One of the most common sayings among real estate investors is that you "make your money on the front side." That means the most crucial step throughout the entire process is finding a property that meets the investor's criteria. This can also be the most difficult step in the process. Because of the seemingly endless potential opportunities, a sorting mechanism must be used to quickly and effectively remove the static and highlight the true deals.

If the investment strategy is to cash-flow a property, then there are two rudimentary formulas that can help a deal-hunter sort through the options. The formulas are **Direct Capitalization Rate **and **Gross Rent Multiplier **(Cap Rate and GRM for short). Each of these formulas has 3 similar moving parts; simply, they are a price for the property, an estimate of its earning potential, and a measure of return. Though the formulas are very similar, they are used for different purposes.

First, **Direct Capitalization Rate **is more often used to determine at what rate a property will return the investment principal. The formula is:

**CAP RATE = OPERATING INCOME / PURCHASE PRICE**

**CAP RATE** is the measure of return and is expressed as a percentage

**OPERATING INCOME** is the cash inflow less the cost of maintaining the property (does not include debt service or tax implications)

**PURCHASE PRICE** is the principal to be invested (may also include improvement costs)

More often than not, this formula will be used to estimate the CAP RATE, rather than the other two components. So then. the question is, what is an acceptable CAP RATE? For residential rental property, anything above 12% is a healthy gain (compare this to other investment returns). However, an important assumption in this equation is that OPERATING INCOME does not take into consideration debt service. Therefore, this formula is best used for evaluating cash purchases, not financed purchases. Another implicit assumption is the time frame - it is usually an annualized figure. So, CAP RATE can also be thought of as the annual return of principal - if your CAP RATE is 10%, then 10% of the initial investment will be returned each year. An alternative way to use this formula would be determining at what price a specific property meets the CAP RATE criteria (i.e. what price to buy at).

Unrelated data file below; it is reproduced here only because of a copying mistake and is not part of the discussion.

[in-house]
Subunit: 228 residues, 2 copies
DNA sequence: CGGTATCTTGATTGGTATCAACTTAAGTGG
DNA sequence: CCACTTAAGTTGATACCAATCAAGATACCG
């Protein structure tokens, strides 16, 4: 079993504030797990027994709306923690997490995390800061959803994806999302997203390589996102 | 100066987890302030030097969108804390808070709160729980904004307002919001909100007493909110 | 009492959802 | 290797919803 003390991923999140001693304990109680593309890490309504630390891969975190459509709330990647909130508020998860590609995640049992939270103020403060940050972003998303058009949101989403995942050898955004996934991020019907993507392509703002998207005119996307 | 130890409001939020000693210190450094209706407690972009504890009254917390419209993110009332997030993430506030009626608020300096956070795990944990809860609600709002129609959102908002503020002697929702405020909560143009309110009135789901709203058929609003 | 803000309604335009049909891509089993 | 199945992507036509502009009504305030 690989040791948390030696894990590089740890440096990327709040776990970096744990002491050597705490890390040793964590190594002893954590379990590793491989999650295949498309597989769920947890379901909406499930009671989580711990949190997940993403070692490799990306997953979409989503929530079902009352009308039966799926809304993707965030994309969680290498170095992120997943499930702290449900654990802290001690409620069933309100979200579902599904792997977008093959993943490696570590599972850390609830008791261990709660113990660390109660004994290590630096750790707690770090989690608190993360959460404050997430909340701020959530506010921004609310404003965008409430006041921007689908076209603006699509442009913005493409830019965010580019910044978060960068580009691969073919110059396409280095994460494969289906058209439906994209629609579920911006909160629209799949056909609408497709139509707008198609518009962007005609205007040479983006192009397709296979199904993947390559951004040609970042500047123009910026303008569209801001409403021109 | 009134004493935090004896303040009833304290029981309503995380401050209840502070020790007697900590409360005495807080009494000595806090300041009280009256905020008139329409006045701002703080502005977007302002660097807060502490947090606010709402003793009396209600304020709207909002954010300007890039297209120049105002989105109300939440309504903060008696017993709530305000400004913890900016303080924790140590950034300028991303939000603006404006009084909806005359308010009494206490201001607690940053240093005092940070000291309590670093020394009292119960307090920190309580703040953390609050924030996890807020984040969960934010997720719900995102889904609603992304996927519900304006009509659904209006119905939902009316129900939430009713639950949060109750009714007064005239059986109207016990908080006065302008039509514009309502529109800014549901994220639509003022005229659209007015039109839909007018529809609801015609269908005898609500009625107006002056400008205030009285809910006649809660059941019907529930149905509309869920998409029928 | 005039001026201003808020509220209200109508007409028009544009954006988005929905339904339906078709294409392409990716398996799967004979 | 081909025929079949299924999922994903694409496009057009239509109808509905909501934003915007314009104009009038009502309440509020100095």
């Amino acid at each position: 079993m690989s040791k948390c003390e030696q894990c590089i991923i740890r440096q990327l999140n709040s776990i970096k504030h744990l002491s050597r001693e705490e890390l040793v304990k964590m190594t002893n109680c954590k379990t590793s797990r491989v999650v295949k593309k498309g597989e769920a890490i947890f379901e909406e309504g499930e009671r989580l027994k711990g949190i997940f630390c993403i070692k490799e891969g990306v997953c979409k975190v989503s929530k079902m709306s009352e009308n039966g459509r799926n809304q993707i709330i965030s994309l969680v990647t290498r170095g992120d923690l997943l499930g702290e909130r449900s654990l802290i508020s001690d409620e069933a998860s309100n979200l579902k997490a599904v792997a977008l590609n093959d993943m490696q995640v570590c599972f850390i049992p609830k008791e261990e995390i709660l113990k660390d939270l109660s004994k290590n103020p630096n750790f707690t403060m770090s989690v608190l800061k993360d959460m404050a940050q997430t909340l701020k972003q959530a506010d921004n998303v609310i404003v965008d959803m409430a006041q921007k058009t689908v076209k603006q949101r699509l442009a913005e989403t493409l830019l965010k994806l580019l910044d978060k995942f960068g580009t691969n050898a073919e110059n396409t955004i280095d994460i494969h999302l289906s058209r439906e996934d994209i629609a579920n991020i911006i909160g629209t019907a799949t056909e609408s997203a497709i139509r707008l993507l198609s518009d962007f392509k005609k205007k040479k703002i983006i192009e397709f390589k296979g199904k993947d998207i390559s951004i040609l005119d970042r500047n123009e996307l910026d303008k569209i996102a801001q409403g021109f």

The second formula, **Gross Rent Multiplier** is mostly used to estimate the market value of an income-producing property. The formula is:

**Gross Rent Multiplier = Market Value / Gross Scheduled Income**

**GRM **is the investment criteria and is expressed as a whole number.

**Market Value** is the estimate of the property's current market value (note in this formula, large number is on top)

**GSI **is the expected (annualized) income. **It does not take into account operating costs or debt service**

Since we're using this formula to quickly sort through various opportunities, the inputs will normally be market value and gross scheduled income - pieces of information that can be estimated from public data sources. The result of the GRM formula is a a whole number, which by definition, is a multiple of one year's **Gross Scheduled Income**. The GRM can be thought of as the number of years it will take for a property to equate to it's present market value (i.e. pay for itself).To put it another way, a GRM of 1 is where a property pays for itself in a single year, anything lower than that and it's a 100+% return on investment. So, *the lower the multiple the better the investment, and the higher the income the lower the multiple. *So a decent GRM is usually below 8, but can be much lower if you get in at the right price. In order to sort through the investment opportunities, it is good to set a stiff GRM criteria and stick to it.

Even though this formula is called **Gross Rent Multiplier**, it is commonly used to estimate a property's market value. However, this is market value from an investor's perspective (money driven) not an end user's perspective (utility driven).

These two formulas can be used off the cuff on just about any situation to get a ball park idea of whether or not a property is a good investment. Though, this screening process is only the first step in investment evaluation. Another common saying among investors is that only about 1 in 10 of the properties that seem like GREAT deals actually are.